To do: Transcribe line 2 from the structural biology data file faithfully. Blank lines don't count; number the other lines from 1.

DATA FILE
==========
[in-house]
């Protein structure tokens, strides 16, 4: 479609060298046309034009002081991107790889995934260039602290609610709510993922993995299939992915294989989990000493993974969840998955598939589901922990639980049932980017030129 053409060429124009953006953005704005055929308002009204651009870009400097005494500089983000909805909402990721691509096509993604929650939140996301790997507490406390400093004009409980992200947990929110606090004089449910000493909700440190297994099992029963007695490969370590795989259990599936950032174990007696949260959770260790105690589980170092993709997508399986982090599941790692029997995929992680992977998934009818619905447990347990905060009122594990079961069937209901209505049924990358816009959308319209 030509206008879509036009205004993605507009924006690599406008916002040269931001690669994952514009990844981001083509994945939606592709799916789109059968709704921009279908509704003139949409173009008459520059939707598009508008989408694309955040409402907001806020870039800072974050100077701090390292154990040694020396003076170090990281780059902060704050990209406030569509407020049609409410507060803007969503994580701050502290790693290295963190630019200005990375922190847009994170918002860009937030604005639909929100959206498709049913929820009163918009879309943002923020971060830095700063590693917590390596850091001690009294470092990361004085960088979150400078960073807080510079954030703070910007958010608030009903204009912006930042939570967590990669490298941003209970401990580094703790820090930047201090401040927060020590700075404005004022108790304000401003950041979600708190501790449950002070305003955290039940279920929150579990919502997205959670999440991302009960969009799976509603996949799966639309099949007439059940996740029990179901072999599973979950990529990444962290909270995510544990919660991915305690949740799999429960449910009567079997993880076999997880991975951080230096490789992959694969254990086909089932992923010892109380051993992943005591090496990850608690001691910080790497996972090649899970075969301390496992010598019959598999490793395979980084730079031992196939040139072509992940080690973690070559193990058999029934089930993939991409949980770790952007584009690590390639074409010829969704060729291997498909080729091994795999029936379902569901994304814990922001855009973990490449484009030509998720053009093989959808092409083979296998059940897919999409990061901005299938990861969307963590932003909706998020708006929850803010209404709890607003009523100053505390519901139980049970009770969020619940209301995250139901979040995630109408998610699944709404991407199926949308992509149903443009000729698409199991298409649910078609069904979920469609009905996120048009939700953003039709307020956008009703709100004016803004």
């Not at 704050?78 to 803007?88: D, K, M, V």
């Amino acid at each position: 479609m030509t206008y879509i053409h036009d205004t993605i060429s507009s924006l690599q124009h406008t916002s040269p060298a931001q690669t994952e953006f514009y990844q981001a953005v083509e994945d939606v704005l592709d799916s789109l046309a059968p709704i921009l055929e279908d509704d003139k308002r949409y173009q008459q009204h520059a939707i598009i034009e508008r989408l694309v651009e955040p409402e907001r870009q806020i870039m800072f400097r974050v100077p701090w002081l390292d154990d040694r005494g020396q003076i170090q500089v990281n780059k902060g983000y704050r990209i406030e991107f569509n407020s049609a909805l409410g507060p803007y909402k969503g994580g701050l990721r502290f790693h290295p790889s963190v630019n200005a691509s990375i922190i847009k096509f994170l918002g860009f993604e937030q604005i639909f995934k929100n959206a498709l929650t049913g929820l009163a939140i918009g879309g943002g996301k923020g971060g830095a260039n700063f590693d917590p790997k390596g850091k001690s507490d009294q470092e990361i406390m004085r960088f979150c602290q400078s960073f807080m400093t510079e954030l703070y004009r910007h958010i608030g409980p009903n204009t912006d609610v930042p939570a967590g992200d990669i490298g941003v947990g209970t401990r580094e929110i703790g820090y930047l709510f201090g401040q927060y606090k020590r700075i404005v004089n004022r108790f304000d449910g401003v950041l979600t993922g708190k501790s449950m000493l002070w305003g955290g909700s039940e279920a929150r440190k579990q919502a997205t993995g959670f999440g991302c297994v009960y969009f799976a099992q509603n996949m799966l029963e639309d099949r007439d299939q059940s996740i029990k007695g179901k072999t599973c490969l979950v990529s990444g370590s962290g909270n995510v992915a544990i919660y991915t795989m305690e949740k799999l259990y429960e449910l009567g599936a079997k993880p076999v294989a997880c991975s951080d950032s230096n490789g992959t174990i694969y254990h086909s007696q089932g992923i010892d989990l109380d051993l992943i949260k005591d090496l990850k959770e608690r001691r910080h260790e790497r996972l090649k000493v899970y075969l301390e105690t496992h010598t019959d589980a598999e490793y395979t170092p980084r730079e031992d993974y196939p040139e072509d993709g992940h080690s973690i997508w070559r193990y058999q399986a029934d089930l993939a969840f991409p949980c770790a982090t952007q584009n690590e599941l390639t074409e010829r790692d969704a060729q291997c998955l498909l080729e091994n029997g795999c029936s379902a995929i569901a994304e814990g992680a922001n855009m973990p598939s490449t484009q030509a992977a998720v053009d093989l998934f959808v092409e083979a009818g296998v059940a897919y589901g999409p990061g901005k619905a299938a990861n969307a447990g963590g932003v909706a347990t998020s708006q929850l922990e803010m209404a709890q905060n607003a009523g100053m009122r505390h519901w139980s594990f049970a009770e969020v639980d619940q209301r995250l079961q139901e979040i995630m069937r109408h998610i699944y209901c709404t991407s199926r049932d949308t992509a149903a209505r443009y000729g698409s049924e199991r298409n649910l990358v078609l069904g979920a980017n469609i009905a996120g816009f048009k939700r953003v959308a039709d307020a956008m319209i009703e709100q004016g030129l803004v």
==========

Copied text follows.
């Protein structure tokens, strides 16, 4: 479609060298046309034009002081991107790889995934260039602290609610709510993922993995299939992915294989989990000493993974969840998955598939589901922990639980049932980017030129 053409060429124009953006953005704005055929308002009204651009870009400097005494500089983000909805909402990721691509096509993604929650939140996301790997507490406390400093004009409980992200947990929110606090004089449910000493909700440190297994099992029963007695490969370590795989259990599936950032174990007696949260959770260790105690589980170092993709997508399986982090599941790692029997995929992680992977998934009818619905447990347990905060009122594990079961069937209901209505049924990358816009959308319209 030509206008879509036009205004993605507009924006690599406008916002040269931001690669994952514009990844981001083509994945939606592709799916789109059968709704921009279908509704003139949409173009008459520059939707598009508008989408694309955040409402907001806020870039800072974050100077701090390292154990040694020396003076170090990281780059902060704050990209406030569509407020049609409410507060803007969503994580701050502290790693290295963190630019200005990375922190847009994170918002860009937030604005639909929100959206498709049913929820009163918009879309943002923020971060830095700063590693917590390596850091001690009294470092990361004085960088979150400078960073807080510079954030703070910007958010608030009903204009912006930042939570967590990669490298941003209970401990580094703790820090930047201090401040927060020590700075404005004022108790304000401003950041979600708190501790449950002070305003955290039940279920929150579990919502997205959670999440991302009960969009799976509603996949799966639309099949007439059940996740029990179901072999599973979950990529990444962290909270995510544990919660991915305690949740799999429960449910009567079997993880076999997880991975951080230096490789992959694969254990086909089932992923010892109380051993992943005591090496990850608690001691910080790497996972090649899970075969301390496992010598019959598999490793395979980084730079031992196939040139072509992940080690973690070559193990058999029934089930993939991409949980770790952007584009690590390639074409010829969704060729291997498909080729091994795999029936379902569901994304814990922001855009973990490449484009030509998720053009093989959808092409083979296998059940897919999409990061901005299938990861969307963590932003909706998020708006929850803010209404709890607003009523100053505390519901139980049970009770969020619940209301995250139901979040995630109408998610699944709404991407199926949308992509149903443009000729698409199991298409649910078609069904979920469609009905996120048009939700953003039709307020956008009703709100004016803004």